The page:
The campus community bore witness to Puget Sound’s International Education Week from April 15-19, in which the Office of International Programs offered opportunities for Puget Sound’s international and internationally minded students to learn more about the department, located in Howarth 215.
The University’s International Education Week is hosted annually about five months after the national version of the event, which began as a joint initiative of the U.S. Departments of State and Education. Its aim was to promote programs that help Americans expand global awareness and exchange ideas between what the website calls “future leaders” across national borders.
Due to the busy schedule of the Office of International Programs, and probably also because very few people are aware that an International Education Week even exists, Puget Sound chose to coordinate it in mid-April rather than aligning with the government sanctioned week of Nov. 12-16.
The objective of last week’s activities was primarily to increase awareness of the opportunities offered for international education and to celebrate the cultural diversity that comes from international involvement. Our school in particular has a good reputation for international involvement; according to International Student Advisor Allyson Lindsley, over 40 percent of Puget Sound students study abroad.
Here’s a run-down of the events that were offered throughout the week:
Students were encouraged to vote in the study abroad photo contest all week long in Wheelock Student Center.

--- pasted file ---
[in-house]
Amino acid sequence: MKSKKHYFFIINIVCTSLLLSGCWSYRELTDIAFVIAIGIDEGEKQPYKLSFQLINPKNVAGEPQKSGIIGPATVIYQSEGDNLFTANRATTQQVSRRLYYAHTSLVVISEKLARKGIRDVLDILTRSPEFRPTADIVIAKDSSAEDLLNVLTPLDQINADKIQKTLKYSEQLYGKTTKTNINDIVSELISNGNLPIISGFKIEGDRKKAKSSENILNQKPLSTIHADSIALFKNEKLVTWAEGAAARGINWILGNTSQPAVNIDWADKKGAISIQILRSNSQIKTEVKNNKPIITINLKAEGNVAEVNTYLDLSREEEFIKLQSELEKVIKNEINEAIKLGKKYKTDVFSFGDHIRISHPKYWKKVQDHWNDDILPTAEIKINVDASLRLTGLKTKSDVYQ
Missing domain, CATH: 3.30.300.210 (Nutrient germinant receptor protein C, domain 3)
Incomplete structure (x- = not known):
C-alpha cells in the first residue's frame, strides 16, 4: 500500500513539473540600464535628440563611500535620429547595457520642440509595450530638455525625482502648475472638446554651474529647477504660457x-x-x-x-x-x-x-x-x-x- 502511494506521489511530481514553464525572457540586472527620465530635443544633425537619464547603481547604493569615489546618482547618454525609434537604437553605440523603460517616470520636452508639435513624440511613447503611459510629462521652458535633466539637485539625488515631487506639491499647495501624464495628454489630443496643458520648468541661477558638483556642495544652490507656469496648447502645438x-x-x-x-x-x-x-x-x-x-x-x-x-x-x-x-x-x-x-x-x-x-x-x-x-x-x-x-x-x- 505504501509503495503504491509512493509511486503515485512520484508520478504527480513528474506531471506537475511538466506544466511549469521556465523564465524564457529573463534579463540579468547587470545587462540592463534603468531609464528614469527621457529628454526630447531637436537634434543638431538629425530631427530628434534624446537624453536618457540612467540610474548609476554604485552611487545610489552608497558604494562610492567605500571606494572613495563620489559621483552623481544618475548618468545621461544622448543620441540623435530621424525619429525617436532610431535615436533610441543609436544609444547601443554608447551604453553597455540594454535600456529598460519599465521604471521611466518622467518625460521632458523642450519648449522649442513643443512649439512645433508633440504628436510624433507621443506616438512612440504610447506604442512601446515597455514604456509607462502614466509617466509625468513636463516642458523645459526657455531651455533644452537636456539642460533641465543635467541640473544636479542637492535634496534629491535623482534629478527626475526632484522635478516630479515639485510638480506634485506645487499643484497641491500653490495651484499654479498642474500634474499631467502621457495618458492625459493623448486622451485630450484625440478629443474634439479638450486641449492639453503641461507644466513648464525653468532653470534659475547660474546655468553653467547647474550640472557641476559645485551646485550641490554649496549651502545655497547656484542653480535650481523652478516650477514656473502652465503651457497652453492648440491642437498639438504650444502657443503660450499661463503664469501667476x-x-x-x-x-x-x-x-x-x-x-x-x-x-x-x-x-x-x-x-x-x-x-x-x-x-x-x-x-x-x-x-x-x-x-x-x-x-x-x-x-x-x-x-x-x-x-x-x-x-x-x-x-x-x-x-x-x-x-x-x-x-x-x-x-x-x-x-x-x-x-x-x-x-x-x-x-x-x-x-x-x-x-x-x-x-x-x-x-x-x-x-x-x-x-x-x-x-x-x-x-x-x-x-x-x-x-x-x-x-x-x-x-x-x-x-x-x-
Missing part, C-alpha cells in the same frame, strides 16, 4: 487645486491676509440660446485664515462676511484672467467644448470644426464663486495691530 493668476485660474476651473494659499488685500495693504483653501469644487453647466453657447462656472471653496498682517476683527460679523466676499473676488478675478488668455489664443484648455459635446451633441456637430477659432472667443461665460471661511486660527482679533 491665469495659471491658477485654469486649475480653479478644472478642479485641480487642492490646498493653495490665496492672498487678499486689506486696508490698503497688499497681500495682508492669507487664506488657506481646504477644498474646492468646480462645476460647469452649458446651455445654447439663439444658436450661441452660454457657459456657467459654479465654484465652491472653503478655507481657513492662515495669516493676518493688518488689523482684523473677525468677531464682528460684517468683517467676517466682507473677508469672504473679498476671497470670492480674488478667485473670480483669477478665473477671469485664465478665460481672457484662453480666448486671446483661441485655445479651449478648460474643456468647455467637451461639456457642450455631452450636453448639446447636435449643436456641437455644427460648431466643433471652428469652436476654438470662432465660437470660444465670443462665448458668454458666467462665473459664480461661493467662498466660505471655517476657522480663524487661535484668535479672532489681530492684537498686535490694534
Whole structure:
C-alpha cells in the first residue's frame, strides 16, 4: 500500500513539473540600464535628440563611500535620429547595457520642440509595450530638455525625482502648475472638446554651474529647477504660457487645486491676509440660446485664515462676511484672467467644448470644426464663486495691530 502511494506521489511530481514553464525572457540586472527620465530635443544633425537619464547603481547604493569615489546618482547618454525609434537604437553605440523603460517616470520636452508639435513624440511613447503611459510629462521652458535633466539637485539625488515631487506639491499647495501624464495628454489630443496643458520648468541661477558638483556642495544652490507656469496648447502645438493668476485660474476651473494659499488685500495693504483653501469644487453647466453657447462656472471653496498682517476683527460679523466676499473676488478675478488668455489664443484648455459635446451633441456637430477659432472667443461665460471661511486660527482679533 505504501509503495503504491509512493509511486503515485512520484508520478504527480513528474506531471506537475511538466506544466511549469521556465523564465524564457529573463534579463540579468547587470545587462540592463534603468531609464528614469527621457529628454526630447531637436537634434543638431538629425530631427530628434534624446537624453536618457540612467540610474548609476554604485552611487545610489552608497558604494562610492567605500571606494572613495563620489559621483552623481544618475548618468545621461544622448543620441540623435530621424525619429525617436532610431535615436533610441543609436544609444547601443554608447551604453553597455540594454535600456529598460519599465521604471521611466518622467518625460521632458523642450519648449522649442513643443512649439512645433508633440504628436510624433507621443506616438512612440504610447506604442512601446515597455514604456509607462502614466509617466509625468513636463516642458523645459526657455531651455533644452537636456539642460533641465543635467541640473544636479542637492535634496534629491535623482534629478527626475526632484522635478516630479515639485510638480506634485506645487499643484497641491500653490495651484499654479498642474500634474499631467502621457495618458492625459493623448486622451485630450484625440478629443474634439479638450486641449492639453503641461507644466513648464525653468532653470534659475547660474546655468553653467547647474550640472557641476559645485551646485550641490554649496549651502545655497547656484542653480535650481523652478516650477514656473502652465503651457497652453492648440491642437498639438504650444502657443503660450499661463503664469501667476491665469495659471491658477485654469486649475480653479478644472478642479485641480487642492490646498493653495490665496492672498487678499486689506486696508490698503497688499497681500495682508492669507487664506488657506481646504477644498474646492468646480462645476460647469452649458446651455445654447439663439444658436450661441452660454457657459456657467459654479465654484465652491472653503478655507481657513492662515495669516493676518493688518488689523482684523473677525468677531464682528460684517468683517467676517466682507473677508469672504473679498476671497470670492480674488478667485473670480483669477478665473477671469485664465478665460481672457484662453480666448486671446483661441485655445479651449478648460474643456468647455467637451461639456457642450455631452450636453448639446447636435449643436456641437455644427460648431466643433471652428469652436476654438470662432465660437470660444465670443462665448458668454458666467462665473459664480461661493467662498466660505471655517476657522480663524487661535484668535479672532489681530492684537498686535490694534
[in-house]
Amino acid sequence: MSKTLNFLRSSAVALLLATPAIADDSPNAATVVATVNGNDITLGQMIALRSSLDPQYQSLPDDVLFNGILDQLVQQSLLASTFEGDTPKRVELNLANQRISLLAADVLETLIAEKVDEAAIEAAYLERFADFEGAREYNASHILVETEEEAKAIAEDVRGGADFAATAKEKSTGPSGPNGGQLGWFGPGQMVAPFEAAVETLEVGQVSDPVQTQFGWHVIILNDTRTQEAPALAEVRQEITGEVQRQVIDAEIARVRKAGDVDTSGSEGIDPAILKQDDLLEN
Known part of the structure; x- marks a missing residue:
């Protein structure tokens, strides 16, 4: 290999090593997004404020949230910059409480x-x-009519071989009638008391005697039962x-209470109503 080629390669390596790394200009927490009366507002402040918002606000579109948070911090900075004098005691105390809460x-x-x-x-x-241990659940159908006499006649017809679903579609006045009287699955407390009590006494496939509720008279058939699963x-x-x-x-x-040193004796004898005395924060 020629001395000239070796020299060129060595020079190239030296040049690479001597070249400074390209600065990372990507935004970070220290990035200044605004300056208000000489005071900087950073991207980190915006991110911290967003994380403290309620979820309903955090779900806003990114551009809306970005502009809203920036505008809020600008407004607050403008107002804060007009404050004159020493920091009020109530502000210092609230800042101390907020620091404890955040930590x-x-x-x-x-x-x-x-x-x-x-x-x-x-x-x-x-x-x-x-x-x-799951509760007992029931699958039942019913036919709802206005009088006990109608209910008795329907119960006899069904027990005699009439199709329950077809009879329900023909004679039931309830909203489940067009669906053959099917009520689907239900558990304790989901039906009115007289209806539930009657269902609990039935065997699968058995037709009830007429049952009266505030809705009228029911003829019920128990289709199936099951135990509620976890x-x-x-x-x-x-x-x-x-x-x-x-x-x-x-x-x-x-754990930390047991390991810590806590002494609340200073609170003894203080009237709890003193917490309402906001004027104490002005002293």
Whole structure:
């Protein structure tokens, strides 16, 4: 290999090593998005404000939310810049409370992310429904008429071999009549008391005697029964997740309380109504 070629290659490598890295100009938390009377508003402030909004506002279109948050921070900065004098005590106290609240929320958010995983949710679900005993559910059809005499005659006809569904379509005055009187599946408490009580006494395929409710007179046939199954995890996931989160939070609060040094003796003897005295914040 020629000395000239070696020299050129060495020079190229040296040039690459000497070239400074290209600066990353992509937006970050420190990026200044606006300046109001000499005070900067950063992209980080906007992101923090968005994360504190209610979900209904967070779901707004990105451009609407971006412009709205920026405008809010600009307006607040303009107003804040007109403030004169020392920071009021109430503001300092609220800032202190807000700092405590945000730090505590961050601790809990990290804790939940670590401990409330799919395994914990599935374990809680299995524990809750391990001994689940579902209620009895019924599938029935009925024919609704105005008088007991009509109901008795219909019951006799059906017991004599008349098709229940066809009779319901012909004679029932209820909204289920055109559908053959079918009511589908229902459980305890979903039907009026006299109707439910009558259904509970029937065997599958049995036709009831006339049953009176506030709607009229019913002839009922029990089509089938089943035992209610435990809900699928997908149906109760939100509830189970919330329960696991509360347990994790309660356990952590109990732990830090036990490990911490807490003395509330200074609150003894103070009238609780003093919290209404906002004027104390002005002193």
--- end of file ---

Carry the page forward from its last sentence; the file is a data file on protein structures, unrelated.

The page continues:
On Tuesday, a select group of about 15 students received free food and entertainment at International Student Bowling and Pizza Night.
A Brown Bag Lunch was hosted by Study Abroad Advisor Stephanie Noss on Wednesday, where she discussed the Denmark study abroad program and her recent visit to Copenhagen. She answered general questions pertaining to study abroad programs in Denmark and elsewhere.
On Thursday the documentary Girl Rising was shown with an accompanying discussion period in Rausch Auditorium. The film screening was co-sponsored by the School of Education, Multicultural Student Services and the Gender Studies Department.
Girl Rising was directed by Richard Robbins—who has previously been nominated for an Academy Award— and follows the stories of nine young girls around the world who struggle to acquire an education.
Despite the magnitude of adversity these young girls face in the film, Girl Rising is remarkable for the optimistic feeling with which it leaves its audience. Its focus is on the power of education worldwide and aligns itself nicely with the aims of the Teaching English to Speakers of Other Languages programs that International Education Week aims to promote.
Anne Hathaway, Meryl Streep, Liam Neeson and several other famous names lent their voices to the film.
The post-screening discussion was led by Jennifer Utrata from the Comparative Sociology Department and John Woodward from the School of Education. Students who elected to stay and participate were able to discuss the film and to learn about the aims of international teaching and development programs.
The week culminated with a panel of representatives who gathered in Wheelock 101 to share information about programs involved with TESOL, Microfinance, International Economics and Global Health on Friday.
The panel included an economics professor and an English as a Second Language teacher with experience in the Peace Corps, among others, and offered information to students with an interest in an internationally focused career.
International Education Week will be back again at the same time next year, both in November nationwide, and in April on campus. If you missed the film screening and are interested in checking out Girl Rising, visit www.girlrising.com.